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Landmarking Battle: East 2nd Street Cathedral

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Not very much was accomplished at last week’s Community Board 3 meeting on the future of the Russian Orthodox Cathedral. The 1867 gothic-style church at 59 East 2nd Street has been the subject of a bitter fight between neighborhood preservationists and the congregation since 2008.  Thursday night, the groups faced off at CB3’s landmarks subcommittee, where there was plenty of bad blood to go around.

Since last spring, the Landmarks Preservation Commission has been weighing whether to “protect” the building, one of only three Russian Orthodox Cathedrals in Manhattan.  Clergy and parishioners say land-marking would add greatly to maintenance and renovation costs and, perhaps, more importantly would be an unacceptable intrusion into their private affairs. CB3 declined to take sides, urging the groups to seek the services of a professional mediator.

The East Village Community Coalition and the Greenwich Village Society for Historic Preservation (GVSHP) sought landmark status for the Greek Orthodox Cathedral three years ago, after a proposal to build an 8-story residential tower above the church became public. That plan was ditched and cannot be revived, since 2008’s rezoning of the Lower East Side would prohibit it. But preservationists remain convinced that the only way to protect the church, long-term, is through the landmarking process.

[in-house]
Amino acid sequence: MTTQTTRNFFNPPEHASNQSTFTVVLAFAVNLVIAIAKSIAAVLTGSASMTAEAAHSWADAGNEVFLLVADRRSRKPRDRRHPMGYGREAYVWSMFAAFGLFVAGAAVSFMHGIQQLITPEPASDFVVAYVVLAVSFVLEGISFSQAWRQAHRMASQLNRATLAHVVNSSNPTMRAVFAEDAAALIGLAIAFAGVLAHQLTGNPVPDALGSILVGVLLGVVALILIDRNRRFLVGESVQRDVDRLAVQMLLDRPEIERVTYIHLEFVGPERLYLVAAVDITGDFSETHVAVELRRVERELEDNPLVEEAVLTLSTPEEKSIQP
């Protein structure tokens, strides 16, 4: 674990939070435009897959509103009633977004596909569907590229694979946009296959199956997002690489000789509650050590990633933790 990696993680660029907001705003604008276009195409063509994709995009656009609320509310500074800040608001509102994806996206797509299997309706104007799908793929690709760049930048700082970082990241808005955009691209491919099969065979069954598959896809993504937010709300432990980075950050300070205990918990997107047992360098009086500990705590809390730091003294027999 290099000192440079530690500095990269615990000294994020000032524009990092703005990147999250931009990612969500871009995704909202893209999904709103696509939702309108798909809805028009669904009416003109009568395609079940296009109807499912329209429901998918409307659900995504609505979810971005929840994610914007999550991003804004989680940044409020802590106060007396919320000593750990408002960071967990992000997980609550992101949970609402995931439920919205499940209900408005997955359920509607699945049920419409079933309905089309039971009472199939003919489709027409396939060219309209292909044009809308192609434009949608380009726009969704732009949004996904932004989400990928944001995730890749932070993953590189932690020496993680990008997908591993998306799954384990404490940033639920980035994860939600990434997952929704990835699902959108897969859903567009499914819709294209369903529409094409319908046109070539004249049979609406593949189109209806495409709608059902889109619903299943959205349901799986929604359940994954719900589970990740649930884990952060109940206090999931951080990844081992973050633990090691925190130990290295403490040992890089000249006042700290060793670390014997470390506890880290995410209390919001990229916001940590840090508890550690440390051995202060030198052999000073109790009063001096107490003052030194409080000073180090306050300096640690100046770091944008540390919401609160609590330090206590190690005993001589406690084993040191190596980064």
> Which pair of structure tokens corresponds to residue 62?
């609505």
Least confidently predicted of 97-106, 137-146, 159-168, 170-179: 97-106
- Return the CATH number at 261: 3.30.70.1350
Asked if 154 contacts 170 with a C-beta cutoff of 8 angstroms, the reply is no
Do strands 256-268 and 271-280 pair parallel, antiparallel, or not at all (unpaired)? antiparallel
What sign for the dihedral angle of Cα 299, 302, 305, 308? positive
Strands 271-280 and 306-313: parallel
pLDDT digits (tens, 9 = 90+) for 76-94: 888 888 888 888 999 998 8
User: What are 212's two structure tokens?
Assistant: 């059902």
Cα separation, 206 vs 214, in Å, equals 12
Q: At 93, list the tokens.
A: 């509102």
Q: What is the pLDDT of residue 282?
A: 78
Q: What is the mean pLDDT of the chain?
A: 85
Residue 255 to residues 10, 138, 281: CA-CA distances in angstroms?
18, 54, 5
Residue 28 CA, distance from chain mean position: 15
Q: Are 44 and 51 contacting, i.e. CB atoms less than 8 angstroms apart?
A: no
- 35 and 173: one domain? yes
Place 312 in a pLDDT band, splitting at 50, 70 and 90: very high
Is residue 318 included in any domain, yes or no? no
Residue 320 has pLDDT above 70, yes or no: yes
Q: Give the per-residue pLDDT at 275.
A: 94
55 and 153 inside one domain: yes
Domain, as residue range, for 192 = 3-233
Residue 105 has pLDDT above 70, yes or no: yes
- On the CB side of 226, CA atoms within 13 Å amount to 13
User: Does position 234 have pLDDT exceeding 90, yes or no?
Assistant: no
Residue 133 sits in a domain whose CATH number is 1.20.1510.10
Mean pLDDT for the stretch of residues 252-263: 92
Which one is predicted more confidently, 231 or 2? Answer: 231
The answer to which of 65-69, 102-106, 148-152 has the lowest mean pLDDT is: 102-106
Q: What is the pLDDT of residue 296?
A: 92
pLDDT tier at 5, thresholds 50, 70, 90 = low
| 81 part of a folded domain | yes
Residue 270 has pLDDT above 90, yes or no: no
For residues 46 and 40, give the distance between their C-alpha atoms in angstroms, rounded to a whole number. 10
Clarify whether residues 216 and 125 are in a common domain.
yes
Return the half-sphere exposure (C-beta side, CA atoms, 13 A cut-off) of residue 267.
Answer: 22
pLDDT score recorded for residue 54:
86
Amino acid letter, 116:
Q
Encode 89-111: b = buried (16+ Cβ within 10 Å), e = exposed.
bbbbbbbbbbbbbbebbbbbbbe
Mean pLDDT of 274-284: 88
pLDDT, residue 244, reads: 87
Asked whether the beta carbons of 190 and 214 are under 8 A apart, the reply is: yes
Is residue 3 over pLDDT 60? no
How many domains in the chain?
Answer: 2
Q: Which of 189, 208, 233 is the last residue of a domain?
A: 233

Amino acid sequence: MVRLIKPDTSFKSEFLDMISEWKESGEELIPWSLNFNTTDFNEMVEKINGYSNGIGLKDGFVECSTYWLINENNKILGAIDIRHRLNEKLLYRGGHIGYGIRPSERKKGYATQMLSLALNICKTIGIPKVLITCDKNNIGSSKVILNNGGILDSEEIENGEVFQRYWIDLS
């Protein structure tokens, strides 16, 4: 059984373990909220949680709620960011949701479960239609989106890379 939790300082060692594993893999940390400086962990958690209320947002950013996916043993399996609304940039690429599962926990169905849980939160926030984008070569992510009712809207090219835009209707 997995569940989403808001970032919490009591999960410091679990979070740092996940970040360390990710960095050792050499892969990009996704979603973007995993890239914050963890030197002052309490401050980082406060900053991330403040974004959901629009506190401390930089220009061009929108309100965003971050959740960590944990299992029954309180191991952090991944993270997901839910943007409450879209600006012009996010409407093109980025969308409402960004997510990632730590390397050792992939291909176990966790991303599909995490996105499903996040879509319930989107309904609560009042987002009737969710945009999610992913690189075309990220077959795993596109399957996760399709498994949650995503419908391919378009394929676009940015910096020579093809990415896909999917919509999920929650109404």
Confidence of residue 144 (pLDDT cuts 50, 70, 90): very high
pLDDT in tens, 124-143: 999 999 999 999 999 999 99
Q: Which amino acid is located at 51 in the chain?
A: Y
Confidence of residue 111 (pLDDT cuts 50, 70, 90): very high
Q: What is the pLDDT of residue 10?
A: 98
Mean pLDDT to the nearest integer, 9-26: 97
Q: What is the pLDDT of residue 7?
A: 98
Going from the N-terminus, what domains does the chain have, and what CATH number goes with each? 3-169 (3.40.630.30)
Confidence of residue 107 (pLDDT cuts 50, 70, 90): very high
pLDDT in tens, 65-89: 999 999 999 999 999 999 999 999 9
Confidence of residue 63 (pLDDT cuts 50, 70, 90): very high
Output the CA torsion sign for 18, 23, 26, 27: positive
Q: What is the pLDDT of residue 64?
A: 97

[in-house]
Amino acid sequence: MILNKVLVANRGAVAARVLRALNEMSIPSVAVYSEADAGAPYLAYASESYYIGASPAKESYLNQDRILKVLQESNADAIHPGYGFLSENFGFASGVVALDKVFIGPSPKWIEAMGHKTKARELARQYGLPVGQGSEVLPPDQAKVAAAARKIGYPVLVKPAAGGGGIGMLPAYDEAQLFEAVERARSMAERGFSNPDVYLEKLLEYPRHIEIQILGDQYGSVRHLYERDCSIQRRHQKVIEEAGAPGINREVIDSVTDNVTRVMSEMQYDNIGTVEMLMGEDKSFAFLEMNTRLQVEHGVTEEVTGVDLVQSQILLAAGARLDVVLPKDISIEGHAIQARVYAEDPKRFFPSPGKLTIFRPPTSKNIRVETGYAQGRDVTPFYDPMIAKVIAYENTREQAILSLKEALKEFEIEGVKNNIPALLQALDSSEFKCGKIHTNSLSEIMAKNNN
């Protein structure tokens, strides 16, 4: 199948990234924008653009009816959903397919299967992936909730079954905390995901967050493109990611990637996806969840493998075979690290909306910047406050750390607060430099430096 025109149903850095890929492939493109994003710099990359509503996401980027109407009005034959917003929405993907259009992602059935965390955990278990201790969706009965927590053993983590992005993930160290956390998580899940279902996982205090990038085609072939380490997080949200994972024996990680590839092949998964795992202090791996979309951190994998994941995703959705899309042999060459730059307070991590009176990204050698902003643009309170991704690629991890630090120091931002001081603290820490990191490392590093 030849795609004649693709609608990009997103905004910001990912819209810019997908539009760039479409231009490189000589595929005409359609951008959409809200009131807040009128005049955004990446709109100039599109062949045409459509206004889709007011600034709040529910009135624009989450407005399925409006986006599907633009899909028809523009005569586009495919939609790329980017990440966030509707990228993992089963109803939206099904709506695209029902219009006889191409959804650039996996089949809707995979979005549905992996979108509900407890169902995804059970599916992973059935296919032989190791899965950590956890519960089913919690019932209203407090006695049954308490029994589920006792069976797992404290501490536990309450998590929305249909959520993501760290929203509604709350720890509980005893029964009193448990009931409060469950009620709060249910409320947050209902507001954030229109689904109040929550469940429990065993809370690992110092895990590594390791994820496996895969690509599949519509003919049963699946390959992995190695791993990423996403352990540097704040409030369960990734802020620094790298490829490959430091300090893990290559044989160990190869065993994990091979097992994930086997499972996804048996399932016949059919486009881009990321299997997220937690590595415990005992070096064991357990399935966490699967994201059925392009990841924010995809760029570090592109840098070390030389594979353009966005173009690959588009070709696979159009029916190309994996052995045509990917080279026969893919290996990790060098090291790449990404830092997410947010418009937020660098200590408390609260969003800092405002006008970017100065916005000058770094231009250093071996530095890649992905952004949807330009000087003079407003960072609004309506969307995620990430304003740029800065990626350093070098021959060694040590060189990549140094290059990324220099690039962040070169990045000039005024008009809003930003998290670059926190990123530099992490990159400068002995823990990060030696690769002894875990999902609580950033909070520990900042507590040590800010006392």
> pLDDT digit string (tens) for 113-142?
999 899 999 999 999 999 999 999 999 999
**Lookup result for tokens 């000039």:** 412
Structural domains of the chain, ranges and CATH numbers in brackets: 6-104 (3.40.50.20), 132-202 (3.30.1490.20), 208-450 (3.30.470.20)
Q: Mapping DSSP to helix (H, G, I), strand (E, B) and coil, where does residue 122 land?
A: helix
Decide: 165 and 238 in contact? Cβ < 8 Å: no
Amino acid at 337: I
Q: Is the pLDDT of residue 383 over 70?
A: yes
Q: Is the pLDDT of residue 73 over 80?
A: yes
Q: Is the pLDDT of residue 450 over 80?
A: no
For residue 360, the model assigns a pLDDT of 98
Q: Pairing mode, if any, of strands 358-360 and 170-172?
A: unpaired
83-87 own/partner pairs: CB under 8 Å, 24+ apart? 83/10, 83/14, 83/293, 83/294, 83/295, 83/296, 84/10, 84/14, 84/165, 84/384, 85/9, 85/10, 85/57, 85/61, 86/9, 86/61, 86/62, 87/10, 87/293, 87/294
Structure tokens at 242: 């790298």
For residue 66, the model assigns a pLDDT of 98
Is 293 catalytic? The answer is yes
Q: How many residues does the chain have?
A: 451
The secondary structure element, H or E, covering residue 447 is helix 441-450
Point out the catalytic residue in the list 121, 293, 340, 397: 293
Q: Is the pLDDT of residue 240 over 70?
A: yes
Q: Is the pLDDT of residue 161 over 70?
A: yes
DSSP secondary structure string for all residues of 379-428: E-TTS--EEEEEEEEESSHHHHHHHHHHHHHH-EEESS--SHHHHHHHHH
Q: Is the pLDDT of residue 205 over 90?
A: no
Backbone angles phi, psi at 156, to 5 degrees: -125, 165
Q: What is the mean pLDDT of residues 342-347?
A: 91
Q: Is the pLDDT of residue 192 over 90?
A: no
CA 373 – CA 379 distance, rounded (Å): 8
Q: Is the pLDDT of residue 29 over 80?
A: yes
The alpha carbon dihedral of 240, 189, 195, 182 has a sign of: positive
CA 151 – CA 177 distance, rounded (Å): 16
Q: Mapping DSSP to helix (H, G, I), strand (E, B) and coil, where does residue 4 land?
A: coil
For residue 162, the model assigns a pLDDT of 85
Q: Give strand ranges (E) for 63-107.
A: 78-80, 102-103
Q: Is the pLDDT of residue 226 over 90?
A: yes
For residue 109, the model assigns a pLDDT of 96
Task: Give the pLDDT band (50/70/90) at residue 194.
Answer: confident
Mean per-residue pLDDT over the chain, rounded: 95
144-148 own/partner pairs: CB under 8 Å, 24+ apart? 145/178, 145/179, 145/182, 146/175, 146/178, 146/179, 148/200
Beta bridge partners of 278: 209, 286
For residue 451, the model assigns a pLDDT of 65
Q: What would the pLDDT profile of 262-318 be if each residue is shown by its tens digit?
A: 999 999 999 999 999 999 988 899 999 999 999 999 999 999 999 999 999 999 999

Elizabeth Finkelstein of the GVSHP argued that landmarking helps, rather than hurts, communities. She said it’s a misconception that most renovation projects become significantly more expensive when a building gains landmark status. She added that grants are available to help religious institutions pay to take care of landmarked buildings.

Explaining the financial struggles his congregation has battled for many years, Father Michael Suvak expressed fears that landmarking would be a burden. One contractor, he said,  warned him about the added costs and especially the added hassles dealing with notoriously slow Landmarks Commission.

But, more fundamentally, members of the congregation suggested the preservationists were interfering in their lives. One congregant, Richard Wright, said “this is not something to add to your collection (of historic landmarks)… We best understand what our own needs are.”   Another woman said, “Why can’t you just leave us alone?”  A man, who grew up in the Jacob Riis housing development, told the committee, “A heart beats inside that church… Look beyond the stones. We’re not being respected… That’s why we feel so hurt.”

Members of the community board urged the two sides to acknowledge that they both want to protect the Cathedral and that working together is the only viable option. A compromise is not going to be easy achieved. The preservationists, backed by City Councilmember Rosie Mendez, have said their efforts are aimed at blunting the gentrification of the neighborhood.  Parishioners, who say they also care deeply about the community, are incensed at what they see as a campaign by outsiders to impose their will.

In spite of their differences, both sides said they were open to the idea of mediation. There’s no indication when the Landmarks Commission will make a decision.

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